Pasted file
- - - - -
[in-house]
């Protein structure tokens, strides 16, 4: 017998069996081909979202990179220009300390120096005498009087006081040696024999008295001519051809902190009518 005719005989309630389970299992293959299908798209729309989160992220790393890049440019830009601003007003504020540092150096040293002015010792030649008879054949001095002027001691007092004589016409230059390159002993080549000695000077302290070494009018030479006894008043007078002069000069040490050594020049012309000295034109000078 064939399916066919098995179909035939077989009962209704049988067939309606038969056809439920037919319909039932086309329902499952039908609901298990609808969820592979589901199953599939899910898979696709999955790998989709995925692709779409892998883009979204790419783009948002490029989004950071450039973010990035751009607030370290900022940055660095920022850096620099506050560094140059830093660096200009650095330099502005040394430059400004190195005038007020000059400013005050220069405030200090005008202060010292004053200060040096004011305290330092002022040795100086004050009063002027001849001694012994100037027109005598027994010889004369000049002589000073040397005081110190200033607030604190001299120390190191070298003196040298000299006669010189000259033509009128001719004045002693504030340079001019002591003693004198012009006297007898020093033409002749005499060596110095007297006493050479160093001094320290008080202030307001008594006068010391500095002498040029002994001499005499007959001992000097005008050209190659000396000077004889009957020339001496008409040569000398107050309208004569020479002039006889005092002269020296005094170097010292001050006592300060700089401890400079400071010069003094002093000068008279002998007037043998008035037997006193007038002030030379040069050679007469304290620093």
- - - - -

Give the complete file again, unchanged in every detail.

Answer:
[in-house]
């Protein structure tokens, strides 16, 4: 017998069996081909979202990179220009300390120096005498009087006081040696024999008295001519051809902190009518 005719005989309630389970299992293959299908798209729309989160992220790393890049440019830009601003007003504020540092150096040293002015010792030649008879054949001095002027001691007092004589016409230059390159002993080549000695000077302290070494009018030479006894008043007078002069000069040490050594020049012309000295034109000078 064939399916066919098995179909035939077989009962209704049988067939309606038969056809439920037919319909039932086309329902499952039908609901298990609808969820592979589901199953599939899910898979696709999955790998989709995925692709779409892998883009979204790419783009948002490029989004950071450039973010990035751009607030370290900022940055660095920022850096620099506050560094140059830093660096200009650095330099502005040394430059400004190195005038007020000059400013005050220069405030200090005008202060010292004053200060040096004011305290330092002022040795100086004050009063002027001849001694012994100037027109005598027994010889004369000049002589000073040397005081110190200033607030604190001299120390190191070298003196040298000299006669010189000259033509009128001719004045002693504030340079001019002591003693004198012009006297007898020093033409002749005499060596110095007297006493050479160093001094320290008080202030307001008594006068010391500095002498040029002994001499005499007959001992000097005008050209190659000396000077004889009957020339001496008409040569000398107050309208004569020479002039006889005092002269020296005094170097010292001050006592300060700089401890400079400071010069003094002093000068008279002998007037043998008035037997006193007038002030030379040069050679007469304290620093």